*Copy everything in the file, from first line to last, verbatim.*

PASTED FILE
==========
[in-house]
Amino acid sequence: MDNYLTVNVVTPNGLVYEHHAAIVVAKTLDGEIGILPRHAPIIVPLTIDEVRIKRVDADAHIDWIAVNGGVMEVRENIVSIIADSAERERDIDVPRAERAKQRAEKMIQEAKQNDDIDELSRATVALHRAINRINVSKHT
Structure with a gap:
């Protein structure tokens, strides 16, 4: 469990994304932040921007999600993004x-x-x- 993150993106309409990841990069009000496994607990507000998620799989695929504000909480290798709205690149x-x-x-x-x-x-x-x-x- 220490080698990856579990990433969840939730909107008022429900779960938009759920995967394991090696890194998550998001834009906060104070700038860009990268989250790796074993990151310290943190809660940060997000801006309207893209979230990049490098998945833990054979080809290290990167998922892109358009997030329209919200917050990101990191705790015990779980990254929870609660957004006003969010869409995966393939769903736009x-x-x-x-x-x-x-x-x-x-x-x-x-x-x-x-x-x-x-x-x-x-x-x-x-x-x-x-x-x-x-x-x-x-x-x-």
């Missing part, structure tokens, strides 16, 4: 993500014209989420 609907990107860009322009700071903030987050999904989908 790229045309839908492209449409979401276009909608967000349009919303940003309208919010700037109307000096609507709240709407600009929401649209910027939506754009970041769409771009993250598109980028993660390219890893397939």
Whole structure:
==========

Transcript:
[in-house]
Amino acid sequence: MDNYLTVNVVTPNGLVYEHHAAIVVAKTLDGEIGILPRHAPIIVPLTIDEVRIKRVDADAHIDWIAVNGGVMEVRENIVSIIADSAERERDIDVPRAERAKQRAEKMIQEAKQNDDIDELSRATVALHRAINRINVSKHT
Structure with a gap:
């Protein structure tokens, strides 16, 4: 469990994304932040921007999600993004x-x-x- 993150993106309409990841990069009000496994607990507000998620799989695929504000909480290798709205690149x-x-x-x-x-x-x-x-x- 220490080698990856579990990433969840939730909107008022429900779960938009759920995967394991090696890194998550998001834009906060104070700038860009990268989250790796074993990151310290943190809660940060997000801006309207893209979230990049490098998945833990054979080809290290990167998922892109358009997030329209919200917050990101990191705790015990779980990254929870609660957004006003969010869409995966393939769903736009x-x-x-x-x-x-x-x-x-x-x-x-x-x-x-x-x-x-x-x-x-x-x-x-x-x-x-x-x-x-x-x-x-x-x-x-």
């Missing part, structure tokens, strides 16, 4: 993500014209989420 609907990107860009322009700071903030987050999904989908 790229045309839908492209449409979401276009909608967000349009919303940003309208919010700037109307000096609507709240709407600009929401649209910027939506754009970041769409771009993250598109980028993660390219890893397939």
Whole structure: